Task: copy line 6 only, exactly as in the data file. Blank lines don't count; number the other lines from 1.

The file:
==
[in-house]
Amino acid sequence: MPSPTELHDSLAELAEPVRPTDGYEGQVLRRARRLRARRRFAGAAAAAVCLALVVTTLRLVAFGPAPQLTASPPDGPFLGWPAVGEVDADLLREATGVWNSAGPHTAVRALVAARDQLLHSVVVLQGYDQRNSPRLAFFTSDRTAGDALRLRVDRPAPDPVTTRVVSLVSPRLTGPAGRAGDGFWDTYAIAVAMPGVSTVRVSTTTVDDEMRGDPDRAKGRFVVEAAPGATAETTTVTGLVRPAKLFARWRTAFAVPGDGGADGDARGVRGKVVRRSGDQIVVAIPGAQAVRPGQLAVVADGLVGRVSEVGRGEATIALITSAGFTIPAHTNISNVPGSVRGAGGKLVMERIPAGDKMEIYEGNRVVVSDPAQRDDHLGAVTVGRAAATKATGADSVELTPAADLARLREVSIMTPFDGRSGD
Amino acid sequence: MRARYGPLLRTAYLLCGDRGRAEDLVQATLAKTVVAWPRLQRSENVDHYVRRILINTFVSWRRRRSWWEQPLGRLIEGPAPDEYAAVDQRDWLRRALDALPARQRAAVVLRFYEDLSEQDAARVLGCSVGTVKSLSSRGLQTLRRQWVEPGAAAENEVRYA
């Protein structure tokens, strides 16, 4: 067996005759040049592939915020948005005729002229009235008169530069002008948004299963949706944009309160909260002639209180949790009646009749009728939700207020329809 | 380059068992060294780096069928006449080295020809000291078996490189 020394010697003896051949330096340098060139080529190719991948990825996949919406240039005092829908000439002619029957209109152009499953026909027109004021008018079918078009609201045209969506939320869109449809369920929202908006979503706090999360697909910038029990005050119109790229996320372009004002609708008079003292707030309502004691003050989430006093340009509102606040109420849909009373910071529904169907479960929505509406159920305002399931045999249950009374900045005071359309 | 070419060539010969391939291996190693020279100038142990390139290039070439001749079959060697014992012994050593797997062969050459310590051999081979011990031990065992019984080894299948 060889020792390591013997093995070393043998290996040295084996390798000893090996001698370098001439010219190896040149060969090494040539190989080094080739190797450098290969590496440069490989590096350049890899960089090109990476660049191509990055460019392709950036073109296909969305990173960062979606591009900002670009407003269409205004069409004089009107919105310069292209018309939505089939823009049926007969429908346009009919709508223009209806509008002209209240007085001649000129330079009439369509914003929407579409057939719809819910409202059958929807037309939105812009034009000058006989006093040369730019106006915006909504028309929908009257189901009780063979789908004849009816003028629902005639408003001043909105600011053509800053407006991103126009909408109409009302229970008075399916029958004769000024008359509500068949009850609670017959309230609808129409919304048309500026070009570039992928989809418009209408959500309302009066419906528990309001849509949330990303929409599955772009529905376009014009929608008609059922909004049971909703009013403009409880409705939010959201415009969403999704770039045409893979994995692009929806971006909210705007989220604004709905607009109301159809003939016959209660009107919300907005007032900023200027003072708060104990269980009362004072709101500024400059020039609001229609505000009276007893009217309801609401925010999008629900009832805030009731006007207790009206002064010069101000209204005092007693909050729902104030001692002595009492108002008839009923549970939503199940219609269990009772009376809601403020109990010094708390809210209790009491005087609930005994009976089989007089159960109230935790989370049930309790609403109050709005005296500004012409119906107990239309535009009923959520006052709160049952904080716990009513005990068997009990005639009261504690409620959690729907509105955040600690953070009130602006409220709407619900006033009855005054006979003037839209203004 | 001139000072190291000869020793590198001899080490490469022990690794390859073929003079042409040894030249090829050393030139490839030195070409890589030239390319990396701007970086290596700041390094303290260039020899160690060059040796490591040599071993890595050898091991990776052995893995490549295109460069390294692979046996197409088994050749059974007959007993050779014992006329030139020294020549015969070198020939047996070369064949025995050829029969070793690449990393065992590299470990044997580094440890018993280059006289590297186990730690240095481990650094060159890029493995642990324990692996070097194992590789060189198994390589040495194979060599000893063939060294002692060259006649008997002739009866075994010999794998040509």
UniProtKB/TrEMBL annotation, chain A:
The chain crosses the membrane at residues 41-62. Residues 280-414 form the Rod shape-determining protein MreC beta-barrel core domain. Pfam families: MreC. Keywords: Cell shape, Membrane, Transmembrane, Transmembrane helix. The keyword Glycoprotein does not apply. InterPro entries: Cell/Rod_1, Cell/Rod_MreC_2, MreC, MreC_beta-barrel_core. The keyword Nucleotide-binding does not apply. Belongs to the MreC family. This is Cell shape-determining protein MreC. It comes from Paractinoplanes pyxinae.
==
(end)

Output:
The chain crosses the membrane at residues 41-62. Residues 280-414 form the Rod shape-determining protein MreC beta-barrel core domain. Pfam families: MreC. Keywords: Cell shape, Membrane, Transmembrane, Transmembrane helix. The keyword Glycoprotein does not apply. InterPro entries: Cell/Rod_1, Cell/Rod_MreC_2, MreC, MreC_beta-barrel_core. The keyword Nucleotide-binding does not apply. Belongs to the MreC family. This is Cell shape-determining protein MreC. It comes from Paractinoplanes pyxinae.